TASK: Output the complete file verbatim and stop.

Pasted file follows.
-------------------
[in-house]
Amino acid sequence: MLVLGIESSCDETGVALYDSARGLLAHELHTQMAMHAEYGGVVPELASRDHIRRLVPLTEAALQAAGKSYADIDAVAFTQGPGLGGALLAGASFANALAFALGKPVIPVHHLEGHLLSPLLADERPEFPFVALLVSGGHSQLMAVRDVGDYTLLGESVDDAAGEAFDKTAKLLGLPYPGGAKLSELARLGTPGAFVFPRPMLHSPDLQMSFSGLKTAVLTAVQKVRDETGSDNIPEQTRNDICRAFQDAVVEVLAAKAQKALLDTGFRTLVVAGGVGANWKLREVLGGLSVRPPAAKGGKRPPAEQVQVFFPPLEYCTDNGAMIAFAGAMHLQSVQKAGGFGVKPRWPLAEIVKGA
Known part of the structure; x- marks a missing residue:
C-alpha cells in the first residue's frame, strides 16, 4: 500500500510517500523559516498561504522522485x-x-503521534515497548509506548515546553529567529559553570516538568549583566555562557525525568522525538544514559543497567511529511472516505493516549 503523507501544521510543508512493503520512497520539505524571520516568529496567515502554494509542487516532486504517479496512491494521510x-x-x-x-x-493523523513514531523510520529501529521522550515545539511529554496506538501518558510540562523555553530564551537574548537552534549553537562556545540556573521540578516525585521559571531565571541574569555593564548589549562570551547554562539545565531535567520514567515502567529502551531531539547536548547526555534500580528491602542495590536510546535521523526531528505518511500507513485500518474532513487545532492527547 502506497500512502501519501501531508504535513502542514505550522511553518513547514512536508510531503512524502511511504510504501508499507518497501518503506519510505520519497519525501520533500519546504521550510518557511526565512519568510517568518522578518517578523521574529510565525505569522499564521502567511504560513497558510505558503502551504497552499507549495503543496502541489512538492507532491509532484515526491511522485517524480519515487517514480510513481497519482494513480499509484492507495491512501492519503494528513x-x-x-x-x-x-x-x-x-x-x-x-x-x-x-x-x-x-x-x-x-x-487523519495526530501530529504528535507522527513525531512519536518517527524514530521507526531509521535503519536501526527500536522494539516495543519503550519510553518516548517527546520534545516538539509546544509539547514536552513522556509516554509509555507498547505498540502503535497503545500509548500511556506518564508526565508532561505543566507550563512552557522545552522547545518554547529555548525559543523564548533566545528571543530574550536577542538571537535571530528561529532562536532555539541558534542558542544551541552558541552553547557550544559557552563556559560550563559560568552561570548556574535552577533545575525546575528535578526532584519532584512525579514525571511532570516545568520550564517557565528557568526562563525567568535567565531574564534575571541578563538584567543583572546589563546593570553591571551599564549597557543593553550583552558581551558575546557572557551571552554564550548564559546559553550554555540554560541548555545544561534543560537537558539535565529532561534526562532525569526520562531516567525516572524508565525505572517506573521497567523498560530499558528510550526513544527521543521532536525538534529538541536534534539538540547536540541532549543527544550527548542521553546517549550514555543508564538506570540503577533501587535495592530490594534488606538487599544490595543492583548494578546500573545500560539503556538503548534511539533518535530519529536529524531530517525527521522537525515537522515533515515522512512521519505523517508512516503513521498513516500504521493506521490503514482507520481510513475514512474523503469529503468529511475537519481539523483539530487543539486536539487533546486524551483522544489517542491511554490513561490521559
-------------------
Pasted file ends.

[in-house]
Amino acid sequence: MLVLGIESSCDETGVALYDSARGLLAHELHTQMAMHAEYGGVVPELASRDHIRRLVPLTEAALQAAGKSYADIDAVAFTQGPGLGGALLAGASFANALAFALGKPVIPVHHLEGHLLSPLLADERPEFPFVALLVSGGHSQLMAVRDVGDYTLLGESVDDAAGEAFDKTAKLLGLPYPGGAKLSELARLGTPGAFVFPRPMLHSPDLQMSFSGLKTAVLTAVQKVRDETGSDNIPEQTRNDICRAFQDAVVEVLAAKAQKALLDTGFRTLVVAGGVGANWKLREVLGGLSVRPPAAKGGKRPPAEQVQVFFPPLEYCTDNGAMIAFAGAMHLQSVQKAGGFGVKPRWPLAEIVKGA
Known part of the structure; x- marks a missing residue:
C-alpha cells in the first residue's frame, strides 16, 4: 500500500510517500523559516498561504522522485x-x-503521534515497548509506548515546553529567529559553570516538568549583566555562557525525568522525538544514559543497567511529511472516505493516549 503523507501544521510543508512493503520512497520539505524571520516568529496567515502554494509542487516532486504517479496512491494521510x-x-x-x-x-493523523513514531523510520529501529521522550515545539511529554496506538501518558510540562523555553530564551537574548537552534549553537562556545540556573521540578516525585521559571531565571541574569555593564548589549562570551547554562539545565531535567520514567515502567529502551531531539547536548547526555534500580528491602542495590536510546535521523526531528505518511500507513485500518474532513487545532492527547 502506497500512502501519501501531508504535513502542514505550522511553518513547514512536508510531503512524502511511504510504501508499507518497501518503506519510505520519497519525501520533500519546504521550510518557511526565512519568510517568518522578518517578523521574529510565525505569522499564521502567511504560513497558510505558503502551504497552499507549495503543496502541489512538492507532491509532484515526491511522485517524480519515487517514480510513481497519482494513480499509484492507495491512501492519503494528513x-x-x-x-x-x-x-x-x-x-x-x-x-x-x-x-x-x-x-x-x-x-487523519495526530501530529504528535507522527513525531512519536518517527524514530521507526531509521535503519536501526527500536522494539516495543519503550519510553518516548517527546520534545516538539509546544509539547514536552513522556509516554509509555507498547505498540502503535497503545500509548500511556506518564508526565508532561505543566507550563512552557522545552522547545518554547529555548525559543523564548533566545528571543530574550536577542538571537535571530528561529532562536532555539541558534542558542544551541552558541552553547557550544559557552563556559560550563559560568552561570548556574535552577533545575525546575528535578526532584519532584512525579514525571511532570516545568520550564517557565528557568526562563525567568535567565531574564534575571541578563538584567543583572546589563546593570553591571551599564549597557543593553550583552558581551558575546557572557551571552554564550548564559546559553550554555540554560541548555545544561534543560537537558539535565529532561534526562532525569526520562531516567525516572524508565525505572517506573521497567523498560530499558528510550526513544527521543521532536525538534529538541536534534539538540547536540541532549543527544550527548542521553546517549550514555543508564538506570540503577533501587535495592530490594534488606538487599544490595543492583548494578546500573545500560539503556538503548534511539533518535530519529536529524531530517525527521522537525515537522515533515515522512512521519505523517508512516503513521498513516500504521493506521490503514482507520481510513475514512474523503469529503468529511475537519481539523483539530487543539486536539487533546486524551483522544489517542491511554490513561490521559